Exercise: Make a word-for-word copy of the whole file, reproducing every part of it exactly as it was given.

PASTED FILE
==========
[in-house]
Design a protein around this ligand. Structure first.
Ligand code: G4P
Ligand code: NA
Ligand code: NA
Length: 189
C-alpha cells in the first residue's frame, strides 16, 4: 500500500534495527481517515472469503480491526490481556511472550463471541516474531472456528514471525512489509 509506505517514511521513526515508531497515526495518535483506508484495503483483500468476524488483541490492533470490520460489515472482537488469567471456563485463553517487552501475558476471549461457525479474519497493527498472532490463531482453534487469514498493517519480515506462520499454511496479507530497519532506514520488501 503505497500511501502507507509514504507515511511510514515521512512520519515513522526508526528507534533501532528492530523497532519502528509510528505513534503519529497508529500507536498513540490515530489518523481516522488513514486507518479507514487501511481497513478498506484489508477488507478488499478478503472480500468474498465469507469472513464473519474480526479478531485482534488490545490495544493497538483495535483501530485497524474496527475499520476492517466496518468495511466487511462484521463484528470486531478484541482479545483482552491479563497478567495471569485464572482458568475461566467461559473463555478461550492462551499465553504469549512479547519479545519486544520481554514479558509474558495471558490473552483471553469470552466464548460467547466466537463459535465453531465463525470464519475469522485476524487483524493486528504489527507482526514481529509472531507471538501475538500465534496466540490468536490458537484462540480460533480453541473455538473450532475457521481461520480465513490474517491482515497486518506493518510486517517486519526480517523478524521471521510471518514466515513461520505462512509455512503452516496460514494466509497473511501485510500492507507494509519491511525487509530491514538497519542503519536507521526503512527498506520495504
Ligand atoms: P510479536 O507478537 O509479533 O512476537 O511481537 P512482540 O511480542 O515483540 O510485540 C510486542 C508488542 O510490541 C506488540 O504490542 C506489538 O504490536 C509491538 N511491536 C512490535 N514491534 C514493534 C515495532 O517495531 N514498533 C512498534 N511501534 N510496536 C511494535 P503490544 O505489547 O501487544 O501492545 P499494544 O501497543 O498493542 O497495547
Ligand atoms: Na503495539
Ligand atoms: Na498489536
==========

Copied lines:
[in-house]
Design a protein around this ligand. Structure first.
Ligand code: G4P
Ligand code: NA
Ligand code: NA
Length: 189
C-alpha cells in the first residue's frame, strides 16, 4: 500500500534495527481517515472469503480491526490481556511472550463471541516474531472456528514471525512489509 509506505517514511521513526515508531497515526495518535483506508484495503483483500468476524488483541490492533470490520460489515472482537488469567471456563485463553517487552501475558476471549461457525479474519497493527498472532490463531482453534487469514498493517519480515506462520499454511496479507530497519532506514520488501 503505497500511501502507507509514504507515511511510514515521512512520519515513522526508526528507534533501532528492530523497532519502528509510528505513534503519529497508529500507536498513540490515530489518523481516522488513514486507518479507514487501511481497513478498506484489508477488507478488499478478503472480500468474498465469507469472513464473519474480526479478531485482534488490545490495544493497538483495535483501530485497524474496527475499520476492517466496518468495511466487511462484521463484528470486531478484541482479545483482552491479563497478567495471569485464572482458568475461566467461559473463555478461550492462551499465553504469549512479547519479545519486544520481554514479558509474558495471558490473552483471553469470552466464548460467547466466537463459535465453531465463525470464519475469522485476524487483524493486528504489527507482526514481529509472531507471538501475538500465534496466540490468536490458537484462540480460533480453541473455538473450532475457521481461520480465513490474517491482515497486518506493518510486517517486519526480517523478524521471521510471518514466515513461520505462512509455512503452516496460514494466509497473511501485510500492507507494509519491511525487509530491514538497519542503519536507521526503512527498506520495504
Ligand atoms: P510479536 O507478537 O509479533 O512476537 O511481537 P512482540 O511480542 O515483540 O510485540 C510486542 C508488542 O510490541 C506488540 O504490542 C506489538 O504490536 C509491538 N511491536 C512490535 N514491534 C514493534 C515495532 O517495531 N514498533 C512498534 N511501534 N510496536 C511494535 P503490544 O505489547 O501487544 O501492545 P499494544 O501497543 O498493542 O497495547
Ligand atoms: Na503495539
Ligand atoms: Na498489536